November 26, 2012 at 2:14 am

  3. Seems like there’s some animus toward cultural sociology in these parts… boutique specialty, limited intellectual range, weird methods… a lot of fighting words…



    November 26, 2012 at 4:57 am

  4. My dissertation has taken a surprisingly cultural turn which has been really tough for me since I’m a political sociologist doing culture (as opposed to a cultural sociologist doing politics). Steensland’s discussion of the particular mechanisms through which culture can play a role has been helpful for placing it within and engaging with political sociology (i.e. making it testable) but its still an uphill battle as Phil Smiith’s response to Steensland’s article demonstrates. I think everyone cheers you on when you say you’re going to show how culture has an effect but they don’t hold their breath that you’re actually going to pull it off.


    Josh Mccabe

    November 26, 2012 at 2:14 pm

  5. Rule of thumb: if “Culture” is claimed as a cause, it’s probably wrong. If cultural elements, or facets of culture, or differences across cultures, are claimed, keep reading. One of Steensland’s (and my) points is that causality is no different for cultural matters than for “non-cultural” ones (whatever that means). So analytical logics need to work the same way, or at a minimum a plausible explanation for treating them differently needs to be offered.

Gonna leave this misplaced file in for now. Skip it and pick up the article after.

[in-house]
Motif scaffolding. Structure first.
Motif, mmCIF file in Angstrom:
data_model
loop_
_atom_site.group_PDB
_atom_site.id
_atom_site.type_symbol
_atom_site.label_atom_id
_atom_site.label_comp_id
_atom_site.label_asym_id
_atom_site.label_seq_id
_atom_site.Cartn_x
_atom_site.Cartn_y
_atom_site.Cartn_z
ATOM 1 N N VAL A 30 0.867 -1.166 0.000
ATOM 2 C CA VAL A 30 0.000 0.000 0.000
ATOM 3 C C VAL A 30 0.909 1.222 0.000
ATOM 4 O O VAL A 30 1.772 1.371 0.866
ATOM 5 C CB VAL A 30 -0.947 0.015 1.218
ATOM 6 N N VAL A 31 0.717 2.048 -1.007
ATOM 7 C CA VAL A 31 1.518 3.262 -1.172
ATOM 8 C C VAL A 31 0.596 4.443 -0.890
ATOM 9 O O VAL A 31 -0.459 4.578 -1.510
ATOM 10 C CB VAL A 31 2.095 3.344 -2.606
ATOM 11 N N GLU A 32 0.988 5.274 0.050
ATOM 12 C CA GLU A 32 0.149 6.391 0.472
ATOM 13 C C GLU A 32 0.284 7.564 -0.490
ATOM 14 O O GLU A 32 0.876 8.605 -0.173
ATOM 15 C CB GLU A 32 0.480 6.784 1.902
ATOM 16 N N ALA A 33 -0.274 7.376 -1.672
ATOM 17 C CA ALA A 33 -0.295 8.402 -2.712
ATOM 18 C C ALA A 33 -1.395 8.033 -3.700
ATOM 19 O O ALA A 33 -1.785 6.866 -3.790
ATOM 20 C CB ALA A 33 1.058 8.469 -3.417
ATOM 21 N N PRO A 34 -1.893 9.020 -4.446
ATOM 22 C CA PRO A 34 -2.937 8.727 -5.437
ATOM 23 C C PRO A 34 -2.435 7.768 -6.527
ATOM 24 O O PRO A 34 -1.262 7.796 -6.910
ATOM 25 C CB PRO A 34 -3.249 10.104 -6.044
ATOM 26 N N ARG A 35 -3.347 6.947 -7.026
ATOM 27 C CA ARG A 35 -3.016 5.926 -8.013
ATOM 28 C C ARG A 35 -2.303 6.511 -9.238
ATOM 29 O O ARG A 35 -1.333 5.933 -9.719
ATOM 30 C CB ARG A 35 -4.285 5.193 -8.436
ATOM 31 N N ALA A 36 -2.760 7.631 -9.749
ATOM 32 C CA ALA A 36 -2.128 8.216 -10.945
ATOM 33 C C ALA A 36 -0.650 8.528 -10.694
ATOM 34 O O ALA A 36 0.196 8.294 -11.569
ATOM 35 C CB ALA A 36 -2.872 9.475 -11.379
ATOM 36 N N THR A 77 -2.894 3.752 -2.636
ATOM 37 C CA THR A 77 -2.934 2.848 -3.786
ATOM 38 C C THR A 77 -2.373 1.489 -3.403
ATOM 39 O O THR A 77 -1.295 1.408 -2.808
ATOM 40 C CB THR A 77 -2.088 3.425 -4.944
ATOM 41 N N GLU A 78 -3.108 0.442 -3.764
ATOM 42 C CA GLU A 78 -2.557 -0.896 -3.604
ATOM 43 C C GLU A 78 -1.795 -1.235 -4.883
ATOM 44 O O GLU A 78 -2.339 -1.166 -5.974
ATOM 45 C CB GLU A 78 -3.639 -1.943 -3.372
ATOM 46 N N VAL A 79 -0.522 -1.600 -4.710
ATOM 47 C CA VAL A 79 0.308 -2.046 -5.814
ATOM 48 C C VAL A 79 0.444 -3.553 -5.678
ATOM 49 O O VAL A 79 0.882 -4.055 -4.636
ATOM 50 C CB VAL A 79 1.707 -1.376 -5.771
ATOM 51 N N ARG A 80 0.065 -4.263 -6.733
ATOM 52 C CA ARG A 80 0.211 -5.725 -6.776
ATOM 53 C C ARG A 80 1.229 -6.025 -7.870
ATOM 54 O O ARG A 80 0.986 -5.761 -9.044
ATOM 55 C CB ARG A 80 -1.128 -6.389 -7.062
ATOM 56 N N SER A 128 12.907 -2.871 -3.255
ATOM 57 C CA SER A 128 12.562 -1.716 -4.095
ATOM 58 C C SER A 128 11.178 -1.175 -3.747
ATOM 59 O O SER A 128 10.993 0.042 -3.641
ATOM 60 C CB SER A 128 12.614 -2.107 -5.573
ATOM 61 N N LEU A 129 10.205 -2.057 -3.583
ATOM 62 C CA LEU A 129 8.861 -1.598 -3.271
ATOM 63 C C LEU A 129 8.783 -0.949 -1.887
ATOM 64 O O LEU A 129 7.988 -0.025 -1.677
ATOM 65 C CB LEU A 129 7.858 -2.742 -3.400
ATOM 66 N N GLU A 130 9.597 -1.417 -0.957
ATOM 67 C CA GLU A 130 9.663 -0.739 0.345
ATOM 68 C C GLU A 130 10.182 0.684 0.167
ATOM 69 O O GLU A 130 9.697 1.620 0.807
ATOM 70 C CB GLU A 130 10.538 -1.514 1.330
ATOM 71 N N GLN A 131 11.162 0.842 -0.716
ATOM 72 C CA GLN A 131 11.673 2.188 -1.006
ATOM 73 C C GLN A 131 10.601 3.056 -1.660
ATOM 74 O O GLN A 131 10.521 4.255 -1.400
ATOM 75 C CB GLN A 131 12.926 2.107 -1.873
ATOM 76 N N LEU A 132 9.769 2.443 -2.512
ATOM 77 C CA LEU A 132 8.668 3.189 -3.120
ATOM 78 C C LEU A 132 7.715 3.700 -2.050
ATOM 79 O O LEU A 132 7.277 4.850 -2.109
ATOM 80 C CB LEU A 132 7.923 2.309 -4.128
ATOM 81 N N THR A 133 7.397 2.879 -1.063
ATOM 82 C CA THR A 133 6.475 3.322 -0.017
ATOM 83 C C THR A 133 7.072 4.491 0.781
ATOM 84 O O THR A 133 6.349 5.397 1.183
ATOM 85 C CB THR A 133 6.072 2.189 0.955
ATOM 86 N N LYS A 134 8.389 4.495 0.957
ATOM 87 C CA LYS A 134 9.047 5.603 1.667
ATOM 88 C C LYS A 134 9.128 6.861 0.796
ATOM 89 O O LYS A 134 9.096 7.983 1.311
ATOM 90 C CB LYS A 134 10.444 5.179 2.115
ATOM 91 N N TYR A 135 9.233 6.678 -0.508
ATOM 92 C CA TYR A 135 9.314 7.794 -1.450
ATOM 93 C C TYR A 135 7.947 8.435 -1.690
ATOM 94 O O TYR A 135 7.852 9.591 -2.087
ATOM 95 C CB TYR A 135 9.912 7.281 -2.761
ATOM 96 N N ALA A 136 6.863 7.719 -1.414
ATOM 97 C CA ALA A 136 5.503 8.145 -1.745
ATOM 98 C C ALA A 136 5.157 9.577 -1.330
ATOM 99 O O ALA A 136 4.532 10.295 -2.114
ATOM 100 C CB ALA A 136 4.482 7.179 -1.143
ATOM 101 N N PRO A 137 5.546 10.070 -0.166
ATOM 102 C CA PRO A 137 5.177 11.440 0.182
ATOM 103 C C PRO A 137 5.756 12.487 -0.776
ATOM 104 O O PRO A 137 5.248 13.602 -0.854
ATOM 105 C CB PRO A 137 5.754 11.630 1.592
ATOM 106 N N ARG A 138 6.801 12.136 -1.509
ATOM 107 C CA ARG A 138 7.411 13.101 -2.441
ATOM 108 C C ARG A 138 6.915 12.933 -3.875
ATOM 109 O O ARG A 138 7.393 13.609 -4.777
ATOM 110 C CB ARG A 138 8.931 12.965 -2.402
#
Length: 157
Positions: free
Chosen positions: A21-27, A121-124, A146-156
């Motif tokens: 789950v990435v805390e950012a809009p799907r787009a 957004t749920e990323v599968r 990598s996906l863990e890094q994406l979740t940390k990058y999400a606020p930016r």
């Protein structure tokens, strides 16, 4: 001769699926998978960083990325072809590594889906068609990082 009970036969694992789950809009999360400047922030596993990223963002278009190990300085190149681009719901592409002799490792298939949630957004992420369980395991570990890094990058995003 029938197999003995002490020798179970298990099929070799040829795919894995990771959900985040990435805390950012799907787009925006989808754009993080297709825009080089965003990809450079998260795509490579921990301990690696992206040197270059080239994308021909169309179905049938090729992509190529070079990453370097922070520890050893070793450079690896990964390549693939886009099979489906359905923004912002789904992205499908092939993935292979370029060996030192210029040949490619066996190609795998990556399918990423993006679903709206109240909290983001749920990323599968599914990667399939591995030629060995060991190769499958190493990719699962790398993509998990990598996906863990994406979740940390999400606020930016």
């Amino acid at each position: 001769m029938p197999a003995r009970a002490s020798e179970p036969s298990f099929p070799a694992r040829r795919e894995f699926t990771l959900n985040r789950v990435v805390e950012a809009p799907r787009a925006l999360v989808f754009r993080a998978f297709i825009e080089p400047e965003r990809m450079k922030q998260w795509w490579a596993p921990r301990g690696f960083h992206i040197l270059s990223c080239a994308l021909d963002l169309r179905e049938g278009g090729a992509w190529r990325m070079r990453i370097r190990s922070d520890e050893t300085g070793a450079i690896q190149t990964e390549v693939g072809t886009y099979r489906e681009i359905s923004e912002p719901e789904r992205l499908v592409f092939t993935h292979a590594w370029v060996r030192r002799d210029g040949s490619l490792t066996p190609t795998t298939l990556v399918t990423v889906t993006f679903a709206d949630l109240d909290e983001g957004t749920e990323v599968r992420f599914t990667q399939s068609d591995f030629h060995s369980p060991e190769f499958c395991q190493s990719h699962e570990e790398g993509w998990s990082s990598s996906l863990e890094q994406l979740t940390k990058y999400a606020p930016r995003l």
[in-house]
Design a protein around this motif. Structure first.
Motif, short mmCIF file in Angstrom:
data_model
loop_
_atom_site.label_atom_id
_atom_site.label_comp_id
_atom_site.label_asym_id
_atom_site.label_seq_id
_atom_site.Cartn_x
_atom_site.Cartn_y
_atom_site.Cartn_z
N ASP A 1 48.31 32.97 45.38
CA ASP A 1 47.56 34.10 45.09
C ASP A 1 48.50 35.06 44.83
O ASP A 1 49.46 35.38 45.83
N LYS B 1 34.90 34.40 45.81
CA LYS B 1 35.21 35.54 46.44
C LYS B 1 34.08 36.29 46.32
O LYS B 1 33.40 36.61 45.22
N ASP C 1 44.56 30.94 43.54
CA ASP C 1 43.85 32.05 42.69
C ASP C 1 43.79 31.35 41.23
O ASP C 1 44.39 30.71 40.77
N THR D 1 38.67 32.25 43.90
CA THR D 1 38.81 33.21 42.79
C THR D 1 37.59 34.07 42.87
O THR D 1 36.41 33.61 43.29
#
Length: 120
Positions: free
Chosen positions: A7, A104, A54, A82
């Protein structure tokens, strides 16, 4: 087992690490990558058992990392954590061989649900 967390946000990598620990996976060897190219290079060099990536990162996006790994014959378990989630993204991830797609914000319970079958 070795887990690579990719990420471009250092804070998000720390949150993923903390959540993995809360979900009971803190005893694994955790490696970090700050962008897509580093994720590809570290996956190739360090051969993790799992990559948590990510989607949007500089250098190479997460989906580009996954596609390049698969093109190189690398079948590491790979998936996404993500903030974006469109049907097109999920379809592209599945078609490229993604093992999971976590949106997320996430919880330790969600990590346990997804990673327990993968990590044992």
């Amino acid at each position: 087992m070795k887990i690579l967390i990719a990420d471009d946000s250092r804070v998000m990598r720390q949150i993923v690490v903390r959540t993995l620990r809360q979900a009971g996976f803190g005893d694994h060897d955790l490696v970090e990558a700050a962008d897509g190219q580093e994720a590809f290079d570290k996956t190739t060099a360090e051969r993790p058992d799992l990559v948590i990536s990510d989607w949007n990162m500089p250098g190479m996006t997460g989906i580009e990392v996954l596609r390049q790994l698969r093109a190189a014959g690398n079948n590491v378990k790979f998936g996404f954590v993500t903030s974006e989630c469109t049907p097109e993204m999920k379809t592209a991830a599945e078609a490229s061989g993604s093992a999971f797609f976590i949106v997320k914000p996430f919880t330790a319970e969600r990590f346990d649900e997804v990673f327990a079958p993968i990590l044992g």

November 26, 2012 at 7:05 pm

  6. Steensland’s work deserves a better thread than this.


    Jenn Lena

    November 26, 2012 at 7:17 pm

  7. Steensland for orgtheory guest blogger 2012!


    Josh Mccabe

    November 26, 2012 at 7:45 pm

  8. WWBSD?



    November 26, 2012 at 8:21 pm

  9. Funny, but when I hear the word “culture,” I think of Jenn Lena. Then I think of pistols and checkbooks…but in a good way! While we’re picking at old wounds, can we bring Omar out of retirement? WWOLD?



    November 26, 2012 at 8:31 pm

  10. Omar left the Shire for the Grey Havens … he is now legend…



    November 26, 2012 at 8:32 pm

  11. I agree with Andy. “Culture” doesn’t do anything because it doesn’t exist. But lots of things that we lump under culture — schemas, scripts, tastes, “evaluative dispositions” (the artist formerly known as values), beliefs, etc. — do exist and often have effects.

    And though there are “boutique” elements of cultural sociology, I would say that the subfield is more mainstream than ever and that this is a good thing.


    Steve Vaisey

    November 27, 2012 at 1:50 pm

  12. […] It has been accused of being insular […]


Comments are closed.

%d bloggers like this: